Wednesday, January 29, 2014

Video - Tall Tall Trees

Tall Tall Trees

I was introduced to the looping pedal in the same broke down college rent district living room where I learned to play my first "A" chord. That lesson went something like, "Here, press down all the strings on the second fret and strum. See, you can play guitar." The subsequent jam sessions revolved heavily around the A major chord and months later had expanded to G major, then to D major, and then we were a band. Like my guitar playing, this ensemble's adaptations of the looping pedal adhered to our stringent standard of "close enough" and we weren't bashful about looping anything. The pedal, operated by our complex lead guitar player Steve, had the tendency to go wildly awry, often taking center stage half way into a song with sonic hysteria that made the cat leave the room and everyone else to ask Steve if he was alright. We owe many cigarette breaks to Steve's looping pedal.

These impressions of making music as a group left me mystified and filled with wonder. I entrenched myself with rock and roll, but gave looping pedals a wide berth. Some took to it wholeheartedly however and I am a willing admirer when I see a band punch a neat riff into a live performance with a loop...and I'm downright in awe when I see a performer who makes looping the entire act.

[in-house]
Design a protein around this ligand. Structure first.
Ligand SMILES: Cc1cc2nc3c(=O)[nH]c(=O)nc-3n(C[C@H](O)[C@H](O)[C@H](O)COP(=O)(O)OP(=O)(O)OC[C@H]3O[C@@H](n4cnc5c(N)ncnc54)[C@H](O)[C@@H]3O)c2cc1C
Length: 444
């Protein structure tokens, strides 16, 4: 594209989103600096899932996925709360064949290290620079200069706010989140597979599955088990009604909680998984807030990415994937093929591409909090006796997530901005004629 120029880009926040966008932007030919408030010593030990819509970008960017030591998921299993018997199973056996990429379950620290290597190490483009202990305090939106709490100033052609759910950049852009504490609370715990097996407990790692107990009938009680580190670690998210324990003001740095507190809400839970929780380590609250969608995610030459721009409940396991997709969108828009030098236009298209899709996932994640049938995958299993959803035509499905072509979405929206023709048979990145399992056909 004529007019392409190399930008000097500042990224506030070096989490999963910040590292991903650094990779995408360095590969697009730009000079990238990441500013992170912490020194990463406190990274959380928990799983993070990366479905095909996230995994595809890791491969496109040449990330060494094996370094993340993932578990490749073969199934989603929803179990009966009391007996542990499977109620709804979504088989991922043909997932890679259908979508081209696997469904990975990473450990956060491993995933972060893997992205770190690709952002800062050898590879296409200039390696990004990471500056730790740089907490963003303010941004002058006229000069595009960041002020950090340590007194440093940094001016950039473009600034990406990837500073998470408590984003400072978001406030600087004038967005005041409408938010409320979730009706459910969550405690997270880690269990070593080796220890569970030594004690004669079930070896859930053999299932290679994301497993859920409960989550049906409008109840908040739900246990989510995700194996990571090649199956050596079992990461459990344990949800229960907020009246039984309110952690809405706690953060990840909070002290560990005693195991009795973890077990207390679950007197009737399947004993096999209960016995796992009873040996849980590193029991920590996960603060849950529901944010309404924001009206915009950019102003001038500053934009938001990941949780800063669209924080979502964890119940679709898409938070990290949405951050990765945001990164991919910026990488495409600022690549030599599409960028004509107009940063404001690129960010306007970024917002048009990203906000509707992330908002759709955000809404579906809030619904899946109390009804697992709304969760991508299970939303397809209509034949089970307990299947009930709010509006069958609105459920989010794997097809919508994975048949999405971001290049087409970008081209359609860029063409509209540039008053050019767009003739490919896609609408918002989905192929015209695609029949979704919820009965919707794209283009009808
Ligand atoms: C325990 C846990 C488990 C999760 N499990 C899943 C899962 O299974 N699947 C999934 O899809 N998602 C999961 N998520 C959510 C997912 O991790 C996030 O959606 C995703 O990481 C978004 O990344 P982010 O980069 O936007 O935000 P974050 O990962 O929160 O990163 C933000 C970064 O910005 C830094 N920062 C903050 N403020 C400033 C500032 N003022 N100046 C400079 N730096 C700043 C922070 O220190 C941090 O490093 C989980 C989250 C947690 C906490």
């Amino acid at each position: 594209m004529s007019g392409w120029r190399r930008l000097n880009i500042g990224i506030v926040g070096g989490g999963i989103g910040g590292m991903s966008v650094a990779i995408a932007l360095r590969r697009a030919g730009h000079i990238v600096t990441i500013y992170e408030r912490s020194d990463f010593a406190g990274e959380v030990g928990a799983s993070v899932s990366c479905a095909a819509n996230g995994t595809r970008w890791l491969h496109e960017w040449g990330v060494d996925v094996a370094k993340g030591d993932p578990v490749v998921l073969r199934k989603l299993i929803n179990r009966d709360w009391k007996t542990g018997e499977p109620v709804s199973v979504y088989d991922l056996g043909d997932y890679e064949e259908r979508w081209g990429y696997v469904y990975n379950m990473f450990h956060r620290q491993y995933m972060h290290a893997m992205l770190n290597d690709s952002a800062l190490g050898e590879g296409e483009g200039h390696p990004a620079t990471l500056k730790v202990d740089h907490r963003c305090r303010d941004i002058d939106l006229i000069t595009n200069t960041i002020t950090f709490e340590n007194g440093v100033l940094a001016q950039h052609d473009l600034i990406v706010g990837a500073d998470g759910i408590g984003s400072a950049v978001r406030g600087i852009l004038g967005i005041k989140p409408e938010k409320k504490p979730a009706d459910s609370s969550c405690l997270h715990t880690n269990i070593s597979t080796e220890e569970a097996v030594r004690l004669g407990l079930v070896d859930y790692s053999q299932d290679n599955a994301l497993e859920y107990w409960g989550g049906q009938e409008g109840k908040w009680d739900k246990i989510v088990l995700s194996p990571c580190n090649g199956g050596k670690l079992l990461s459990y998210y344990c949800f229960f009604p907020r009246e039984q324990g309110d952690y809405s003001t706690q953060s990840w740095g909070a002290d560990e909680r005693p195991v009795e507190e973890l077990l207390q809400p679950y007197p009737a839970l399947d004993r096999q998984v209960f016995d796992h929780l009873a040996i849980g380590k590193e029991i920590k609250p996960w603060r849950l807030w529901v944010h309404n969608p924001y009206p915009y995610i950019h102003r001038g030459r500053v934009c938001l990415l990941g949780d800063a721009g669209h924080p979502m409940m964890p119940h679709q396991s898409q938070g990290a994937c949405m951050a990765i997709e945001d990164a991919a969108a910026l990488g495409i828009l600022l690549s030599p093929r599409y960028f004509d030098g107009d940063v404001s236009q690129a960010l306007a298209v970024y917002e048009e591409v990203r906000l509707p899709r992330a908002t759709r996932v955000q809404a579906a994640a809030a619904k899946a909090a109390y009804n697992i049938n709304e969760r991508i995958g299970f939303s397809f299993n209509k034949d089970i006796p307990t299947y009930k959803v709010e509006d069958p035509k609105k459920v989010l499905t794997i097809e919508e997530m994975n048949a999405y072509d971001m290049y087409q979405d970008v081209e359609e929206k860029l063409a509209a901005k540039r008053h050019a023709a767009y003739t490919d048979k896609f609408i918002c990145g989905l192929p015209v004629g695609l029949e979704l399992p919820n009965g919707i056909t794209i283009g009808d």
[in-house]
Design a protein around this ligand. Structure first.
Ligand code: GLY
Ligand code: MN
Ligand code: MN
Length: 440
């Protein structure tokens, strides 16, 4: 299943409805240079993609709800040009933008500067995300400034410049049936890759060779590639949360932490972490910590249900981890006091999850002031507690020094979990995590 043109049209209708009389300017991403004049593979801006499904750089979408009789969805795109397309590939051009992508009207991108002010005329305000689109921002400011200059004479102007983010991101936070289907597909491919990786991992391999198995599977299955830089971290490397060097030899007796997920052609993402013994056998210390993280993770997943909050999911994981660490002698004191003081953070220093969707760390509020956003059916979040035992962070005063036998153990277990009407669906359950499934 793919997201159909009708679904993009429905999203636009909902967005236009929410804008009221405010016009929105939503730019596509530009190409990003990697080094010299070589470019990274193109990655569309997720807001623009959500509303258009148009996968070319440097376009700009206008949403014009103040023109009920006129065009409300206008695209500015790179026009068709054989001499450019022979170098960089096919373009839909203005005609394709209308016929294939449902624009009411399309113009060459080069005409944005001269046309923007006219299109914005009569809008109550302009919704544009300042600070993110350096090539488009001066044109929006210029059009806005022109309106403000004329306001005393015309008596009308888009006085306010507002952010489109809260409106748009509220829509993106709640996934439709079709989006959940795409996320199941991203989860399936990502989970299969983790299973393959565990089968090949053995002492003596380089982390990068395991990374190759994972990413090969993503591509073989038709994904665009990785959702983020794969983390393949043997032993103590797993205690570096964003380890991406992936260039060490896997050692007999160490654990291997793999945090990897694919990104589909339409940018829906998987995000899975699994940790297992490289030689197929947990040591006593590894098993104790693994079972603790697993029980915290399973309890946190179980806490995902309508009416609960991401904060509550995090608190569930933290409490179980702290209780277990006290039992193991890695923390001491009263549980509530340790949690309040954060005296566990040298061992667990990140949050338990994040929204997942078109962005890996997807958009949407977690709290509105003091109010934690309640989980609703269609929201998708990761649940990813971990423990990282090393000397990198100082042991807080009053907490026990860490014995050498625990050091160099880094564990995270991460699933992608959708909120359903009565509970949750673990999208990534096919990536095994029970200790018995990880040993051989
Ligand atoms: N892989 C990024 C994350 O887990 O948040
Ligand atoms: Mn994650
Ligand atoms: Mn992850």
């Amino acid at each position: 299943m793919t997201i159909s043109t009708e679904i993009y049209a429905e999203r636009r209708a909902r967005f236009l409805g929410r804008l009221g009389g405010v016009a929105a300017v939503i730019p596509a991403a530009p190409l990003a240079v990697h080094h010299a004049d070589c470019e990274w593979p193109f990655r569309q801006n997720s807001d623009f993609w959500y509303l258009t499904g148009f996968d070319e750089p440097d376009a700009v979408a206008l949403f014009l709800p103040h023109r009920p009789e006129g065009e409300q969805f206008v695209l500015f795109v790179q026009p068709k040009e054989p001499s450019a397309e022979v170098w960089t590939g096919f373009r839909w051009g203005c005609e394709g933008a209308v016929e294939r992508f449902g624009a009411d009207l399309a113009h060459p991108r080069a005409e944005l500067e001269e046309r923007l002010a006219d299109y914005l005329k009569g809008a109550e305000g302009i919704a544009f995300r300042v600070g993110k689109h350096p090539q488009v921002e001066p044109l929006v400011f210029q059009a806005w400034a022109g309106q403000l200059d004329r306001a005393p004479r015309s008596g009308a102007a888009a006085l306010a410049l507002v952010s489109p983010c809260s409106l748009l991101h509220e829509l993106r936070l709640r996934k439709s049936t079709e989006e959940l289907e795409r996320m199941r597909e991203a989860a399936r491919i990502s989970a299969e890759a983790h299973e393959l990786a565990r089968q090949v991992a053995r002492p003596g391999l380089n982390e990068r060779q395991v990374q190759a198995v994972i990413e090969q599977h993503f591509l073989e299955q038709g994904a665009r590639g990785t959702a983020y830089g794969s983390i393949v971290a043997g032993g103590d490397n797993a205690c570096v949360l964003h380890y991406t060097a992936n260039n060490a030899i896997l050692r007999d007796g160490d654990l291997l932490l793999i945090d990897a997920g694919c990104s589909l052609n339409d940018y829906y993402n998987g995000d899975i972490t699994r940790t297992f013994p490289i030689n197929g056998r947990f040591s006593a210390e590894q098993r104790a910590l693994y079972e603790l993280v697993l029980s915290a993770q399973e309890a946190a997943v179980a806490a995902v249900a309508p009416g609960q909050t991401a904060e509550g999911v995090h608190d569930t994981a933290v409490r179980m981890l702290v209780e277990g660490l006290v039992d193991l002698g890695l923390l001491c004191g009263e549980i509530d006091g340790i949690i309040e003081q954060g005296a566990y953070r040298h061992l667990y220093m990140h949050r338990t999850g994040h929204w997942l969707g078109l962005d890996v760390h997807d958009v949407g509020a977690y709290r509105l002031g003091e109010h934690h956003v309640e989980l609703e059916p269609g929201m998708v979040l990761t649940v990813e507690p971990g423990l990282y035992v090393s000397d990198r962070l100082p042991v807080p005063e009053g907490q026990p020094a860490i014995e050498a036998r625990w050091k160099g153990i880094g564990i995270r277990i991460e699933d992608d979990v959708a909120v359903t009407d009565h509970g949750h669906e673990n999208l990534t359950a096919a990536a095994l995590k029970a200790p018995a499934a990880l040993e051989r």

Tall Tall Trees is that performer. This gentleman could contend for the heavy weight title of interesting and unique things to do with a looping pedal. Tall Tall Trees, aka Mike Savino is a NYC banjo player who loops up just about every percussive or pluckable sound that can be conceived with a banjo and sums it into smart folk pop. This video from his fund raiser campaign is the perfect example, and the good news is that the project is funded! So watch with impunity. -- @carrboroninja

Monday, January 13, 2014

Leyla McCalla: Heart of Gold

Eureka, a genuine and impassioned performance. This is the kind of video which stops you in your tracks, slows down the spinning of the day and takes control of your attention for a few minutes. This is Leyla McCalla, most recently known as the cellist for Carolina Chocolate Drops, a group that consistently produces elegant solo spin-offs. "Heart of Gold" is just one of the Langston Huges poems which Leyla delicately arranges to original music on her upcoming album Vari-Colored Songs: A Tribute to Langston Hughes. Click play and enjoy!  -- @carrboroninja

vertical Leyla McCalla performs in Durham, NC at The Pinhook on Tuesday Feb 4th. Punkgrass specialists Grace and Tony open. See the event details here: http://www.thepinhook.com/event/457121-leyla-mccalla-durham/